Russia-Ukraine conflict, US-China frictions dominate G20 summit in Bali

Russia-Ukraine conflict, US-China frictions dominate G20 summit in Bali

Updated: 2 months, 22 days, 9 hours, 1 minute, 44 seconds ago

Discord over Russia's war on Ukraine and festering tensions between the US and China are proving to be ominous backdrops for world leaders gathering in Indonesia's tropical Bali island for a summit of the Group of 20 biggest economies starting Tuesday.

With recession looming as central banks fight decades-high inflation partly brought on by the war, US Treasury Secretary Janet Yellen said that ending the conflict would be the "single best thing that we can do for the global economy."

British Prime Minister Rishi Sunak, writing in the newspaper The Telegraph, called Russia a "rogue state" and slammed its president, Vladimir Putin, for staying away.

"Leaders take responsibility. They show up. Yet, at the G-20 summit in Indonesia this week, one seat will remain vacant," wrote Sunak, who took office last month. "The man who is responsible for so much bloodshed in Ukraine and economic strife around the world will not be there to face his peers. He won't even attempt to explain his actions."

Pressures have been mounting as Russian attacks destroy vital infrastructure in Ukraine, adding to miseries in damaged cities just as winter cold takes hold.

The G-20 meetings provide another opportunity for leaders to show unity in their support for Ukraine, discussions that are inseparable from those on how we can strengthen our collective security," Sunak said.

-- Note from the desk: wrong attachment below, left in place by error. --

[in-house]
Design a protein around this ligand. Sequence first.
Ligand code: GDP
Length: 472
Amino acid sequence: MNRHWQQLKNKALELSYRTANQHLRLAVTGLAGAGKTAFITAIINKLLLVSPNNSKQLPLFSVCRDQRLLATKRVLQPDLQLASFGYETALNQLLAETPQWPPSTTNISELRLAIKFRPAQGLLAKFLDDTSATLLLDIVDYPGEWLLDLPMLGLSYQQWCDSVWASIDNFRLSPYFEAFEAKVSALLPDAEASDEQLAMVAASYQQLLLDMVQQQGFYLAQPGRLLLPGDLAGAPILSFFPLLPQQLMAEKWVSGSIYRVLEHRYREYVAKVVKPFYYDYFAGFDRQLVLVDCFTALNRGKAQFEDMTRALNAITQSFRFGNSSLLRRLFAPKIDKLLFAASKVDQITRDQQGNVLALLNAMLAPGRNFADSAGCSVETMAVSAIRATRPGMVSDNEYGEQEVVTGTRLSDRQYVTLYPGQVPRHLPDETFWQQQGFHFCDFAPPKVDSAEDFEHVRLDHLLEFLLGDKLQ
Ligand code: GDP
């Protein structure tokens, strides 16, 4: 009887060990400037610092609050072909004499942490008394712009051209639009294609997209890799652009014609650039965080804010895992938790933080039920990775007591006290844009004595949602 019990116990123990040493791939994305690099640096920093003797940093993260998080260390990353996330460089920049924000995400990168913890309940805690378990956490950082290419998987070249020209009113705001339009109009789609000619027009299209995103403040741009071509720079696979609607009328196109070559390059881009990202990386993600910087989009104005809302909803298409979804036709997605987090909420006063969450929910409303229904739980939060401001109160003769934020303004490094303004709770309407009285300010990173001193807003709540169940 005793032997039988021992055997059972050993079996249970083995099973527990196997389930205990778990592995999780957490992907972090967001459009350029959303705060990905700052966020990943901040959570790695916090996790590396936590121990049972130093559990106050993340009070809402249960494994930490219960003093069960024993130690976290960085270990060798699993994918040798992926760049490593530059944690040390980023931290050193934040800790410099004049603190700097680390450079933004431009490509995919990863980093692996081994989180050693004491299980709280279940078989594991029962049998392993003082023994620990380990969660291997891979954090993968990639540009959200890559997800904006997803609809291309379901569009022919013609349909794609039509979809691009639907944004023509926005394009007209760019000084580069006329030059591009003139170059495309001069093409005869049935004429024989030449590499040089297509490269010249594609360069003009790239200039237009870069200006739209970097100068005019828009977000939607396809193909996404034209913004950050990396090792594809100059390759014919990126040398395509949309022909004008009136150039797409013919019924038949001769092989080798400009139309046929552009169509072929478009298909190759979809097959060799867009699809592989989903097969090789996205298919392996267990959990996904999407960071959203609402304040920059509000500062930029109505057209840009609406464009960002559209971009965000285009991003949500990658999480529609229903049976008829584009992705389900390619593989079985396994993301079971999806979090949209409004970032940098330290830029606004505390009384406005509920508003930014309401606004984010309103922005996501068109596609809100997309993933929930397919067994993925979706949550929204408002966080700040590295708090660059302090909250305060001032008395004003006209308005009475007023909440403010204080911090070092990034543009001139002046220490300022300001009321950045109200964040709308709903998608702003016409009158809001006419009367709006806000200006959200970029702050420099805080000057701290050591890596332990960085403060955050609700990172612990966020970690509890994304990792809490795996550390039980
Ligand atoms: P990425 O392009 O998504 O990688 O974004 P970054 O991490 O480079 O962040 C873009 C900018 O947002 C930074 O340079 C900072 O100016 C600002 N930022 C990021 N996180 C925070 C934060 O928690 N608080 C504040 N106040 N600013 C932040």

In myriad ways, the war's repercussions have encompassed the globe as disruptions to grain shipments and energy supplies have pushed costs of living sharply higher.

"Russia's brutal war in Ukraine is creating food and energy crises. It's disrupting supply chains and raising the cost of living. Families are worried that they're not going to be able to put food on the table or won't be able to heat their homes during winter, Canadian Prime Minister Justin Trudeau told a business conference on the sidelines of the G-20 meetings.

US President Joe Biden and Chinese President Xi Jinping met Monday ahead of the start of formal G-20 summit meetings that begin Tuesday, seeking to find common ground despite antagonisms over trade, technology and other issues.

US-China relations have become increasingly strained during Biden's presidency, though US officials have downplayed the notion of any conflict.

In opening the meeting, Biden said the two countries shared a responsibility to prevent competition from becoming anything ever near conflict, and to find ways to work together on urgent global issues that require our mutual cooperation.

Xi said he hoped they would chart the right course for the China-US relationship.

Chinese officials have condemned the Biden administration's decision last month to block exports of advanced computer chips to China a national security move that bolsters US competition against Beijing.

US officials said no joint statement was expected after the meeting with Xi and suggested policy breakthroughs were unlikely.

But even having top leaders of the two sides meet after a long hiatus during the pandemic is progress of a kind that might facilitate more productive talks in the larger G-20 meeting, which includes 19 of the largest economies and the European Union. Another 10 countries were invited as guests.

The G-20 was founded in 1999 as a forum for cooperation on economic and financial matters. In 2009, top G-20 leaders began holding annual meetings to craft a response to the global financial crisis.

The group consists of Argentina, Australia, Brazil, Canada, China, France, Germany, India, Indonesia, Italy, Japan, South Korea, Mexico, Russia, Saudi Arabia, South Africa, Turkey, the United Kingdom, the United States and the European Union. Spain holds a permanent guest seat.

The G-20 was made for moments like these and built for these challenges," Australian Prime Minister Anthony Albanese told the B-20" business conference, which wrapped up on Monday.

We can achieve far more together than we ever could alone," he said.

(Only the headline and picture of this report may have been reworked by the Business Standard staff; the rest of the content is auto-generated from a syndicated feed.)

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